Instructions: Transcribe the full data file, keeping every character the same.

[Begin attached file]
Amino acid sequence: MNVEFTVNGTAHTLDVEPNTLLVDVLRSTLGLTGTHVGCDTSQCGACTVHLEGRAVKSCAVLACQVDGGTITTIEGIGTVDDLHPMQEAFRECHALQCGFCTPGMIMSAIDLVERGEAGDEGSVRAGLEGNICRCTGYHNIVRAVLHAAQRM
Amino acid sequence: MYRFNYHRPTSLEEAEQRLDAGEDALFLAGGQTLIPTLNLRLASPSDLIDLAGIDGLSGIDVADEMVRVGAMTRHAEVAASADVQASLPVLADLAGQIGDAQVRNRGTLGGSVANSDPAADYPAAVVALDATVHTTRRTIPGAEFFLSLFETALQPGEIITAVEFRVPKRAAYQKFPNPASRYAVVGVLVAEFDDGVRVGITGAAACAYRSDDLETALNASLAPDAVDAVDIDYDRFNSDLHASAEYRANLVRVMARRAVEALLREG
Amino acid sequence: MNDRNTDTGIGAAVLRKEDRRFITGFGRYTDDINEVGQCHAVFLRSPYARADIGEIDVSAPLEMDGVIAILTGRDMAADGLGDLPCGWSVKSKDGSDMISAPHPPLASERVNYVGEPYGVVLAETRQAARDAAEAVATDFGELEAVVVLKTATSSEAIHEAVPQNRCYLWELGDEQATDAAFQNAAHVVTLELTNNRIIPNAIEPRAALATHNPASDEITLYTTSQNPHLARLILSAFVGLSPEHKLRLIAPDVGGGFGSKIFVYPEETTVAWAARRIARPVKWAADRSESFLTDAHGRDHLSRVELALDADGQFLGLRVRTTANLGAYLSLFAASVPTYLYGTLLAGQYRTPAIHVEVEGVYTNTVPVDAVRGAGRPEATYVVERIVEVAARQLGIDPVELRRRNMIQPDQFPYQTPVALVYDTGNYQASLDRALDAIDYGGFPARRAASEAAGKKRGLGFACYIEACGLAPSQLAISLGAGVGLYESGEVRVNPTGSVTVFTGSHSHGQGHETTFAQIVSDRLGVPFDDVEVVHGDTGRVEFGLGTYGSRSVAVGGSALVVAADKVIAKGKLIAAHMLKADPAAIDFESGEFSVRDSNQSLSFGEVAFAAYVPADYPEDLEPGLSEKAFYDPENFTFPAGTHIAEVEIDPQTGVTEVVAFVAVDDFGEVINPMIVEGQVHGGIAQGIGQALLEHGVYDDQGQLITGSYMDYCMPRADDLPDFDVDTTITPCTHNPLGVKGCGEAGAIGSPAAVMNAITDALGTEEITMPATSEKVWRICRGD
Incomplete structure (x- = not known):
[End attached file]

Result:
Amino acid sequence: MNVEFTVNGTAHTLDVEPNTLLVDVLRSTLGLTGTHVGCDTSQCGACTVHLEGRAVKSCAVLACQVDGGTITTIEGIGTVDDLHPMQEAFRECHALQCGFCTPGMIMSAIDLVERGEAGDEGSVRAGLEGNICRCTGYHNIVRAVLHAAQRM
Amino acid sequence: MYRFNYHRPTSLEEAEQRLDAGEDALFLAGGQTLIPTLNLRLASPSDLIDLAGIDGLSGIDVADEMVRVGAMTRHAEVAASADVQASLPVLADLAGQIGDAQVRNRGTLGGSVANSDPAADYPAAVVALDATVHTTRRTIPGAEFFLSLFETALQPGEIITAVEFRVPKRAAYQKFPNPASRYAVVGVLVAEFDDGVRVGITGAAACAYRSDDLETALNASLAPDAVDAVDIDYDRFNSDLHASAEYRANLVRVMARRAVEALLREG
Amino acid sequence: MNDRNTDTGIGAAVLRKEDRRFITGFGRYTDDINEVGQCHAVFLRSPYARADIGEIDVSAPLEMDGVIAILTGRDMAADGLGDLPCGWSVKSKDGSDMISAPHPPLASERVNYVGEPYGVVLAETRQAARDAAEAVATDFGELEAVVVLKTATSSEAIHEAVPQNRCYLWELGDEQATDAAFQNAAHVVTLELTNNRIIPNAIEPRAALATHNPASDEITLYTTSQNPHLARLILSAFVGLSPEHKLRLIAPDVGGGFGSKIFVYPEETTVAWAARRIARPVKWAADRSESFLTDAHGRDHLSRVELALDADGQFLGLRVRTTANLGAYLSLFAASVPTYLYGTLLAGQYRTPAIHVEVEGVYTNTVPVDAVRGAGRPEATYVVERIVEVAARQLGIDPVELRRRNMIQPDQFPYQTPVALVYDTGNYQASLDRALDAIDYGGFPARRAASEAAGKKRGLGFACYIEACGLAPSQLAISLGAGVGLYESGEVRVNPTGSVTVFTGSHSHGQGHETTFAQIVSDRLGVPFDDVEVVHGDTGRVEFGLGTYGSRSVAVGGSALVVAADKVIAKGKLIAAHMLKADPAAIDFESGEFSVRDSNQSLSFGEVAFAAYVPADYPEDLEPGLSEKAFYDPENFTFPAGTHIAEVEIDPQTGVTEVVAFVAVDDFGEVINPMIVEGQVHGGIAQGIGQALLEHGVYDDQGQLITGSYMDYCMPRADDLPDFDVDTTITPCTHNPLGVKGCGEAGAIGSPAAVMNAITDALGTEEITMPATSEKVWRICRGD
Incomplete structure (x- = not known):